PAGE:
Q. What are the limitations of the powder metallurgy process ? How are some of these overcome ?
Ans. Limitations : 1. Dies and equipment costs are high. So, the process is economically feasible only for mass production. Minimum production run of 10,000 parts is needed to offset the tooling costs. Dies are made for long production runs, of the order of 1,50,000 to 2,00,000 parts.
2. The material cost in powder form is high. However, high powder material costs are usually offset by an almost total absence of scrap. Part costs are also reduced by eliminating machining. Labour costs are also comparatively low.
3. Metal powders are sometimes difficult to store without some deterioration.
4. There is little flow of metal during compaction, so intricate designs in the products are difficult to attain.
5. A completely dense product is not possible by this process. Also, a uniformly high-density product is very difficult to produce.
6. Part size and weight are restricted. These are regulated by the capacity of available press and compressibility characteristics of the various powder combinations. P/M is principally restricted to the manufacture of comparatively small parts. Part weight can be under 5 Newtons. However, parts weighting upto 900 Newtons have been successfully mass produced by P/M. Typical part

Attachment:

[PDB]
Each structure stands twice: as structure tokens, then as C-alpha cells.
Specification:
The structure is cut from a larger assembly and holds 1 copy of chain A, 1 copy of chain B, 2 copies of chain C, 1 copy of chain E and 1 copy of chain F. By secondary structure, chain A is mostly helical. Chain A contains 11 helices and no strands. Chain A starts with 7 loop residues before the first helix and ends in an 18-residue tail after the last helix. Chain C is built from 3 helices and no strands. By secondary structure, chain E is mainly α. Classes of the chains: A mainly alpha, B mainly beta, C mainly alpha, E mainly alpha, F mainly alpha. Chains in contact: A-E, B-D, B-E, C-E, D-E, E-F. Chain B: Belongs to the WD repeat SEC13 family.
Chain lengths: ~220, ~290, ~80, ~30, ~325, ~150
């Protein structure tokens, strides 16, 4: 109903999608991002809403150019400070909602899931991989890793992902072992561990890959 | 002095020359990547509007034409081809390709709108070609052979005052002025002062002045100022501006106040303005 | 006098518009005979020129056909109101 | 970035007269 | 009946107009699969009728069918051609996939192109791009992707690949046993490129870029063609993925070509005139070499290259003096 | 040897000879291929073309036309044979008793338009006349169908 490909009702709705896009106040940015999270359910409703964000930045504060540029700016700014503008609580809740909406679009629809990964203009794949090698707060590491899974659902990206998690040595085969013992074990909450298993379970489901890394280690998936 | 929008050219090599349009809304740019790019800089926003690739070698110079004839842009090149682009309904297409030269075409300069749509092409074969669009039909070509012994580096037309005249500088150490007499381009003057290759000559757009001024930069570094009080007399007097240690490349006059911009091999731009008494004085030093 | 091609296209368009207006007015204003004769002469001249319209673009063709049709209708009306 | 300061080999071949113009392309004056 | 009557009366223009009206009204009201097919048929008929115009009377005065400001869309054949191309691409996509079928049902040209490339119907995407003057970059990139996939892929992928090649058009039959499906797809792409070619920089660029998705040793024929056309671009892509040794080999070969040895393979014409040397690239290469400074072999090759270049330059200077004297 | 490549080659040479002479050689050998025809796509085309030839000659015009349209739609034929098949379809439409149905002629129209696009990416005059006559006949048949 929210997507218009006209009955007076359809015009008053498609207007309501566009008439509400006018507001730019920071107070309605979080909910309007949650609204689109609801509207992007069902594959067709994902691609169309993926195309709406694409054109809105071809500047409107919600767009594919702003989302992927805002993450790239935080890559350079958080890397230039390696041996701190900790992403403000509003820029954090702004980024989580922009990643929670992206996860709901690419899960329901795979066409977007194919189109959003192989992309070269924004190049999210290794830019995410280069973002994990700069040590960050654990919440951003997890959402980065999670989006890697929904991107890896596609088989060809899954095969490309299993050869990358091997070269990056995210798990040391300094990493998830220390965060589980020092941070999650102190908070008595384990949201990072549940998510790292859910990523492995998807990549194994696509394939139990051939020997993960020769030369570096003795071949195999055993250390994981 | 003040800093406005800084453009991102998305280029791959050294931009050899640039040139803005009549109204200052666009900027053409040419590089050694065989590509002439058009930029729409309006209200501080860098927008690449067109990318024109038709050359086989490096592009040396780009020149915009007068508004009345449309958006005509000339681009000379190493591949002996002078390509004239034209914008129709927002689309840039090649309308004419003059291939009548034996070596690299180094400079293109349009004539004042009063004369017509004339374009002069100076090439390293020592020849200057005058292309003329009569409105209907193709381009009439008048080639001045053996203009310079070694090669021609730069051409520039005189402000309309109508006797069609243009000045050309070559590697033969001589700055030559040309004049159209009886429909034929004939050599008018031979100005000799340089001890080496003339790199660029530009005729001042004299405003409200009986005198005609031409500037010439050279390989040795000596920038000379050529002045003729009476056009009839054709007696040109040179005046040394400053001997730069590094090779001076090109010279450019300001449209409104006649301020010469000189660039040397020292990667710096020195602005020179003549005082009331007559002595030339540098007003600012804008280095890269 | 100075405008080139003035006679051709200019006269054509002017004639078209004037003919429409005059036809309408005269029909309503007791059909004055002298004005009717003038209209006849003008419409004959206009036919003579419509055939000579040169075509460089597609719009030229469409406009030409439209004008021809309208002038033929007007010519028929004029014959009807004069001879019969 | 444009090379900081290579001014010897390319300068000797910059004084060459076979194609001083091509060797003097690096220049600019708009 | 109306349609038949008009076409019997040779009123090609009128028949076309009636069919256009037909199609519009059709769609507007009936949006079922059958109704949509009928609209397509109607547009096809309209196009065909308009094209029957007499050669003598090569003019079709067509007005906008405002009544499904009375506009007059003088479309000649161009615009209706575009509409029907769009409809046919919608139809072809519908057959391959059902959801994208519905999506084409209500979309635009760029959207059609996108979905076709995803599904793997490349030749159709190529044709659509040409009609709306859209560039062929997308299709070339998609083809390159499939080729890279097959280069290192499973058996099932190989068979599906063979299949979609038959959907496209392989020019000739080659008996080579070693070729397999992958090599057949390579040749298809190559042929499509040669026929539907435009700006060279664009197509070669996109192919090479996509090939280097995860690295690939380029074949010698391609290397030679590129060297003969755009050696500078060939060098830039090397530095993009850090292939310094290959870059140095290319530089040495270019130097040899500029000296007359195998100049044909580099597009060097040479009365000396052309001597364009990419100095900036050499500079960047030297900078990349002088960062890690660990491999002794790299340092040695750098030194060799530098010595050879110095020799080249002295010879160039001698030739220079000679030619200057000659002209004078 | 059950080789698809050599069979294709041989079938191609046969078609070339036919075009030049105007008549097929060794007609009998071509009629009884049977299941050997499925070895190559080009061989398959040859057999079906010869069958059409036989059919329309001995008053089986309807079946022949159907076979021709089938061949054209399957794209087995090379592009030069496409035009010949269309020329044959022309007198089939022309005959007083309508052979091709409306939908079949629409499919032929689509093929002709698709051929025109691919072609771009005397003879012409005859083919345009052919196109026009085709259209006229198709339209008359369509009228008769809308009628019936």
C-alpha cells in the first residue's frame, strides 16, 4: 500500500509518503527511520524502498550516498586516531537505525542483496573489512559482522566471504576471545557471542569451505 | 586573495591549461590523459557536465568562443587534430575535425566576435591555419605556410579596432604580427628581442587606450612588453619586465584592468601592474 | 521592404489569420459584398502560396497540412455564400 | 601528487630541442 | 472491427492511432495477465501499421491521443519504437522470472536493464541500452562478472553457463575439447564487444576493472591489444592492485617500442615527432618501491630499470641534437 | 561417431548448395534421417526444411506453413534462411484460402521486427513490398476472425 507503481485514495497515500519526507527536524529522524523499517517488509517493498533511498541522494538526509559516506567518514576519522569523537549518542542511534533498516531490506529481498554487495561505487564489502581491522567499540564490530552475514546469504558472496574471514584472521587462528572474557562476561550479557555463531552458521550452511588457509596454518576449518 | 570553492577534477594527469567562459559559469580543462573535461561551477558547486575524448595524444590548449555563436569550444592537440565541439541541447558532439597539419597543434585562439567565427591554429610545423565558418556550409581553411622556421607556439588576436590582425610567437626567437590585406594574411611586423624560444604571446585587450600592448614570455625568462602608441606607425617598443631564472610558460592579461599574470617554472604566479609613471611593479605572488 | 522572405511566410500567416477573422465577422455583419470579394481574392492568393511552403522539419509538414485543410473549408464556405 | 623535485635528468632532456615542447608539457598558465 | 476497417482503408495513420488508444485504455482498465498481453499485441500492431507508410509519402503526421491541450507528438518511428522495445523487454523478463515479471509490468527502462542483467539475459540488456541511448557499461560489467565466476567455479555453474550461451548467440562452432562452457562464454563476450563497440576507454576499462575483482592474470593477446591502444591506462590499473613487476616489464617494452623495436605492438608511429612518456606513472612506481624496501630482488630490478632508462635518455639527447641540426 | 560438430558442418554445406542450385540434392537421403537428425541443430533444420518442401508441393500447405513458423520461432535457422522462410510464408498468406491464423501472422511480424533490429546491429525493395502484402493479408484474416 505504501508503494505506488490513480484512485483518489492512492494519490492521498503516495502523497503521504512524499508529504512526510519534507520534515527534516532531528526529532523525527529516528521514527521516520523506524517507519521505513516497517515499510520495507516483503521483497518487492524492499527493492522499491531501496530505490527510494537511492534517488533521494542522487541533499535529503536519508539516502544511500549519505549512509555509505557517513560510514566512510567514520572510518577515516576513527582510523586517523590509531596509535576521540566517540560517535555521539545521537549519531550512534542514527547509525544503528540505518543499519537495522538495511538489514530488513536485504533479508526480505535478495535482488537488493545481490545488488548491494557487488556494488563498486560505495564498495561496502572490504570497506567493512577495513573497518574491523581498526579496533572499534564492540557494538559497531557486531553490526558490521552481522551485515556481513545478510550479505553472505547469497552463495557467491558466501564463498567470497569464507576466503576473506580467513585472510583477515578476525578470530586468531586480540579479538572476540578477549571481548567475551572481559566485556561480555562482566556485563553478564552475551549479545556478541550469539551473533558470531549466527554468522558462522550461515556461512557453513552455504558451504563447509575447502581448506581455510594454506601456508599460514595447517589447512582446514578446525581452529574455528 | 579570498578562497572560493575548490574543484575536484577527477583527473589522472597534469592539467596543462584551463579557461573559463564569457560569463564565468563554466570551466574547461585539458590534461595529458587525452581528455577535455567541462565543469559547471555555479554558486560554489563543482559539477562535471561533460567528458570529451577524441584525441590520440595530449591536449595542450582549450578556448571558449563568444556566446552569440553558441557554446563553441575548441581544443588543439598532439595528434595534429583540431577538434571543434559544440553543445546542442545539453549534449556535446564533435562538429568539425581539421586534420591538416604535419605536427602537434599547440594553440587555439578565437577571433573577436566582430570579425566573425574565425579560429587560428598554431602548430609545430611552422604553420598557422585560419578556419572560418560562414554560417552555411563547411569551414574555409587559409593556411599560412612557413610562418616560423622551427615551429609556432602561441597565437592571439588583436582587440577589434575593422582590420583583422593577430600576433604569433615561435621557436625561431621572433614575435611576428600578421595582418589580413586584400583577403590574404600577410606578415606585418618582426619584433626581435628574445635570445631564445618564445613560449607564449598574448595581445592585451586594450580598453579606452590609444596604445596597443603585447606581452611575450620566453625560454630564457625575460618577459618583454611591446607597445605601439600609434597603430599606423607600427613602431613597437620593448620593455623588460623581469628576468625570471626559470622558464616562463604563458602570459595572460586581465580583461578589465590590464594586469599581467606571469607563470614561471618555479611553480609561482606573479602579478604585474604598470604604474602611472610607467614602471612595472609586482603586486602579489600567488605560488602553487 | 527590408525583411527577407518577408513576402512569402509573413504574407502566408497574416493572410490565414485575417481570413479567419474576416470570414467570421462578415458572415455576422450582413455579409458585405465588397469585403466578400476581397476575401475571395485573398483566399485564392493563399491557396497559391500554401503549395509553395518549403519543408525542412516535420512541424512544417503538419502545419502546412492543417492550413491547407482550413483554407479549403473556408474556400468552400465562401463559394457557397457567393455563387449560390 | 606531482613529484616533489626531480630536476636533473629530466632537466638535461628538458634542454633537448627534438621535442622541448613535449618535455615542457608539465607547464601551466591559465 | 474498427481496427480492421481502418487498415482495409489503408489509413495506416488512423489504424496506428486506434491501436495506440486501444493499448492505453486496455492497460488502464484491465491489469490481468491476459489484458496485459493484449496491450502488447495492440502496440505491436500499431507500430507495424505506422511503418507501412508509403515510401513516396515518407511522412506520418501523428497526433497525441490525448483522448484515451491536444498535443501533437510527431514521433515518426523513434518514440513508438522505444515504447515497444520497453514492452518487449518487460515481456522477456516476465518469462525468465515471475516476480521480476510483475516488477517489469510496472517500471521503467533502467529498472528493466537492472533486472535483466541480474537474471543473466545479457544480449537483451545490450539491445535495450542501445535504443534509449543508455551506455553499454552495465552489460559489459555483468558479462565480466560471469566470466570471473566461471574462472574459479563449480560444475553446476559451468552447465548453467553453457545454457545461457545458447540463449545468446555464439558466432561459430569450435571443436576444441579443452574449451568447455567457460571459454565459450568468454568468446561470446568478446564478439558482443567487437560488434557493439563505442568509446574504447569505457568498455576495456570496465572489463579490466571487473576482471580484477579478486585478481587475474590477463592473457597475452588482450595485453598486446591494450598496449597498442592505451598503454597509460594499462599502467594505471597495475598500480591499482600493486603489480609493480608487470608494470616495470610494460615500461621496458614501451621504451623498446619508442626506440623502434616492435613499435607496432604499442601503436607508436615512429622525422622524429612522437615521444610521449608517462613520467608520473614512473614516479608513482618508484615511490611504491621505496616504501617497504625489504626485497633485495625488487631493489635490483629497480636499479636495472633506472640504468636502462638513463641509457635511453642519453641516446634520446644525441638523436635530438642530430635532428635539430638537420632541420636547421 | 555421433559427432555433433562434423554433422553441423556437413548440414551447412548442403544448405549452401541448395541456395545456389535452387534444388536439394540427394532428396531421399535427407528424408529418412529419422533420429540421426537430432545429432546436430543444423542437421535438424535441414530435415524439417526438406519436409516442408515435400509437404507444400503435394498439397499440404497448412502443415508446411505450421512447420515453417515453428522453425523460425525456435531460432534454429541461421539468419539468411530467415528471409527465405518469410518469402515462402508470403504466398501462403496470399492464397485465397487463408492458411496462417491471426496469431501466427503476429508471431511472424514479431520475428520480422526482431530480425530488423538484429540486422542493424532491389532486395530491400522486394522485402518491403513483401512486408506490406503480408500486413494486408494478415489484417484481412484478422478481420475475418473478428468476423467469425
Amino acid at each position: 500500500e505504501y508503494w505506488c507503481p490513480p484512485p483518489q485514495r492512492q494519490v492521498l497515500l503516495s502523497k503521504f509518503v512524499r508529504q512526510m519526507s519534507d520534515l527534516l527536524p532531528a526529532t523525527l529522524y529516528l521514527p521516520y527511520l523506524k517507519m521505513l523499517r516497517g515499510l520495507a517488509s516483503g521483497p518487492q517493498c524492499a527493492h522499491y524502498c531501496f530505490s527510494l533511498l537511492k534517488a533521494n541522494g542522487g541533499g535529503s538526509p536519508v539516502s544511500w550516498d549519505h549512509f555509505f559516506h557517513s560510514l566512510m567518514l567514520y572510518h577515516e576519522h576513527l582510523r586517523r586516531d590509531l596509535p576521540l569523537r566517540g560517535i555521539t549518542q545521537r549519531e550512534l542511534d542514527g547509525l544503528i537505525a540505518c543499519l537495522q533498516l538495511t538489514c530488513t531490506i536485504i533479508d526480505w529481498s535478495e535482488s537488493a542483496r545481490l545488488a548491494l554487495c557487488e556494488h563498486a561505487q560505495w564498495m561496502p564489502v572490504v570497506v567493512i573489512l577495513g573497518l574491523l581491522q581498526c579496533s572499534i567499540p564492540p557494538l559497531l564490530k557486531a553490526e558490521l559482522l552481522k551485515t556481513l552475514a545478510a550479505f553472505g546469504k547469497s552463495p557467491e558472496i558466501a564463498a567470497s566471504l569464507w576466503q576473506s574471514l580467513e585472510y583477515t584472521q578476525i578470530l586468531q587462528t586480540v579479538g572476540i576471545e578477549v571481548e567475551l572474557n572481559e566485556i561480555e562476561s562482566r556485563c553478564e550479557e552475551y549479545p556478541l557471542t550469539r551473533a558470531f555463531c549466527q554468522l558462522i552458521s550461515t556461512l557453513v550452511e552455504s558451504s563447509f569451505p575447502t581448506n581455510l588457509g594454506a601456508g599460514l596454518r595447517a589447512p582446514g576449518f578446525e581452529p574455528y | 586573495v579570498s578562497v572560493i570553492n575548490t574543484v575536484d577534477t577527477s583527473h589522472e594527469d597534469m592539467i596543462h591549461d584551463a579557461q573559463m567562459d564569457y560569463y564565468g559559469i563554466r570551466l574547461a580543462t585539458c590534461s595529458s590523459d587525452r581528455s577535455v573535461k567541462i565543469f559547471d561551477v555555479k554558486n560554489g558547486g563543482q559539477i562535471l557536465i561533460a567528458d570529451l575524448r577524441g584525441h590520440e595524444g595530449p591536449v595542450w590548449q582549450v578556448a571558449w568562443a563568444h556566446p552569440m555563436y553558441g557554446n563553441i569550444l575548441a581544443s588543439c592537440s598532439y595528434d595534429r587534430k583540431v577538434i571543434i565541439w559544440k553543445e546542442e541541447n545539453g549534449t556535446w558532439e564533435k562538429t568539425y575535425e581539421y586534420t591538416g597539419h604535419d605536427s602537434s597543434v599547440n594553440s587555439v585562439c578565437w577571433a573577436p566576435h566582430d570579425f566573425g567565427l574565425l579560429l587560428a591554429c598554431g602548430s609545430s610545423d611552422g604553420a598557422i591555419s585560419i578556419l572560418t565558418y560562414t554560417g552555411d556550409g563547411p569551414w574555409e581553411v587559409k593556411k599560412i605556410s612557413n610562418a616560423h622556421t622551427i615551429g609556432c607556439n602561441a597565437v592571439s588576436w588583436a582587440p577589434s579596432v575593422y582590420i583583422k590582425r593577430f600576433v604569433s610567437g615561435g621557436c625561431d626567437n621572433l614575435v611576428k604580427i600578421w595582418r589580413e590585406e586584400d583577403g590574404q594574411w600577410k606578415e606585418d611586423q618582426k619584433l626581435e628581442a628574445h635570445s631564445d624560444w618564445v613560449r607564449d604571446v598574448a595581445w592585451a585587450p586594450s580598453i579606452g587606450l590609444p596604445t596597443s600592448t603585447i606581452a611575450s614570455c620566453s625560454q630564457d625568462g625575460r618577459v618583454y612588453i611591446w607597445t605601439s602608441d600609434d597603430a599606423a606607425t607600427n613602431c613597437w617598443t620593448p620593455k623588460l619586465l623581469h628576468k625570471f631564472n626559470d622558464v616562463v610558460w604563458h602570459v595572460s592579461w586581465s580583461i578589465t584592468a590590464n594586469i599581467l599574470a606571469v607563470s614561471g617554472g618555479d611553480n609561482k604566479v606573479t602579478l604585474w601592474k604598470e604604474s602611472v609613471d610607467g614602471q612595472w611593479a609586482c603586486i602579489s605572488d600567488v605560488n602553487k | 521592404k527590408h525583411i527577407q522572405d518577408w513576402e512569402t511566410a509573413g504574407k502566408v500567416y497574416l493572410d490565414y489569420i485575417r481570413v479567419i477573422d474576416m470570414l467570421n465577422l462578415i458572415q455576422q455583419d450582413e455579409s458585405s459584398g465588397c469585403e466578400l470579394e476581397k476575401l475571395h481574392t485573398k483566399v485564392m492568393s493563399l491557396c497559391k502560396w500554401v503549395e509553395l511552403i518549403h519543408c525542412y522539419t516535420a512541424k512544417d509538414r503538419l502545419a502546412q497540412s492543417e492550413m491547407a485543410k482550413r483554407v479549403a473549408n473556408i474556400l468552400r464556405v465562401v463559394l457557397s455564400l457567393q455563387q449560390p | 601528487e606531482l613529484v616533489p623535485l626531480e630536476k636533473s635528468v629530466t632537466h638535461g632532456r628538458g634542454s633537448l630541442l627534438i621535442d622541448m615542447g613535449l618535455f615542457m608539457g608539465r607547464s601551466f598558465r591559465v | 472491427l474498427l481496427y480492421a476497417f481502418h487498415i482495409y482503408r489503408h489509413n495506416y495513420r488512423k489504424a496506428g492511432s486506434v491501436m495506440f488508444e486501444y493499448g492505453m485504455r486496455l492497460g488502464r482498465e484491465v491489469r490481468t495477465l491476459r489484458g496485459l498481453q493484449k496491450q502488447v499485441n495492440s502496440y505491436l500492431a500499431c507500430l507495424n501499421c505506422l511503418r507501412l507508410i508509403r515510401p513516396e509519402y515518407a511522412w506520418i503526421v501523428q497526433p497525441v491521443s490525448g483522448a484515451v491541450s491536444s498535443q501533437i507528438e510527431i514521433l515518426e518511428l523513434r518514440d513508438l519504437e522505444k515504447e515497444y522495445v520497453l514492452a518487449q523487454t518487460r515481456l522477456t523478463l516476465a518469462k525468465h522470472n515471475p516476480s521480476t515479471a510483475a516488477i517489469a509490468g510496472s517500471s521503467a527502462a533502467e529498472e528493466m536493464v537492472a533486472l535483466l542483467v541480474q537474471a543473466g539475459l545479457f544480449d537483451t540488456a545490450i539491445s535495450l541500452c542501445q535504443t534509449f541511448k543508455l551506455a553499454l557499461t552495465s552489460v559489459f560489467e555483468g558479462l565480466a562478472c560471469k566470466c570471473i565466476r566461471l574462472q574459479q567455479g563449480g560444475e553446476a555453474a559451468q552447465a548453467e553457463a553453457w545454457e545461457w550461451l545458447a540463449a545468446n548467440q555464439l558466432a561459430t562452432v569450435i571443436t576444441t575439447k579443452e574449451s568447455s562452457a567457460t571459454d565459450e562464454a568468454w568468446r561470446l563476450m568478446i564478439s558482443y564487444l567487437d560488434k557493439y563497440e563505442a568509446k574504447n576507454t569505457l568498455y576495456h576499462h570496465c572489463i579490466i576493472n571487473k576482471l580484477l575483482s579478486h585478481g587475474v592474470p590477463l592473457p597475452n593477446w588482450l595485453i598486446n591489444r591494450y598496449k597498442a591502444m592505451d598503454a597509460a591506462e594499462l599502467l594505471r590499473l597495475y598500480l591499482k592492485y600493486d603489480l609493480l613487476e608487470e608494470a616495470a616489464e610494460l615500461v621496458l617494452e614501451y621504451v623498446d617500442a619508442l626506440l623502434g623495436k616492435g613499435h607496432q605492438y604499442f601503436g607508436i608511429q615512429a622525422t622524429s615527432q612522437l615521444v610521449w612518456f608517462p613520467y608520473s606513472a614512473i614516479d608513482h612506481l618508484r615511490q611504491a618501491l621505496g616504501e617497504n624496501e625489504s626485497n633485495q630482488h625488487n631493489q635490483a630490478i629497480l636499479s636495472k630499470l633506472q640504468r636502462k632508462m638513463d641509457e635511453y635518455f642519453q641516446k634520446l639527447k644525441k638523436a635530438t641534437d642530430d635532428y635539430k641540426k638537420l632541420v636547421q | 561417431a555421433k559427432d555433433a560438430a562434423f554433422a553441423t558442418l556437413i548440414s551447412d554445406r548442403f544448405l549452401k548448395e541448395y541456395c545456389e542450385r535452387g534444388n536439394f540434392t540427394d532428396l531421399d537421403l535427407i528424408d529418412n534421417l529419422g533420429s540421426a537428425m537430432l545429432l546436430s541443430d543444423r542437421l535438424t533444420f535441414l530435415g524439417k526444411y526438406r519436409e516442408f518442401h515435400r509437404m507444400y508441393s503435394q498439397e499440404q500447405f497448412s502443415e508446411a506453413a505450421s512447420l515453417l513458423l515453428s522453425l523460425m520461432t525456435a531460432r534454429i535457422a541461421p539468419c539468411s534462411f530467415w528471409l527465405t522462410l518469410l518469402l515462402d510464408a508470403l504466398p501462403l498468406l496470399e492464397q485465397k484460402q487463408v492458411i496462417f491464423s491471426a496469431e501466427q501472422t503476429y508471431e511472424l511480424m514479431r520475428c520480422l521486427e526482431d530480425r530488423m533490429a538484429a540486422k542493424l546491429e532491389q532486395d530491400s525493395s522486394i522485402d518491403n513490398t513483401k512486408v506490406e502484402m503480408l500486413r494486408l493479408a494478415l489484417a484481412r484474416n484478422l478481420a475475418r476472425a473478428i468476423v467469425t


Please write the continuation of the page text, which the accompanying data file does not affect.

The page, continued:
100 mm Φ x 150 mm long on 900 kN capacity press
250 mm Φ x 200 mm long on 900 to 2700 kN capacity press.
7. Some metal powders in a finely divided state, for example, of Al, Mg, Zr and Ti, present explosion and fire hazards.
8. Product Design limitations, which will be discussed ahead.
9. The residual porosity, makes sintered compacts rougher than the compacting die.
10. Low mechanical properties compared to other methods for similar parts. Low impact and fatigue properties.
11. Some thermal difficulties are experienced during sintering operation. This is particularly true for low melting point metals such as Sn, Pb, Zn and Cd. During the sintering operations, the atmosphere in the furnace should be reducing to avoid the formation of oxides which will have adverse affects on sintering process and result in an inferior product. The oxides of the above mentioned metals can not be reduced at temperatures below the melting point of the metal, whereas the sintering temperature is always less than the melting point of the metal.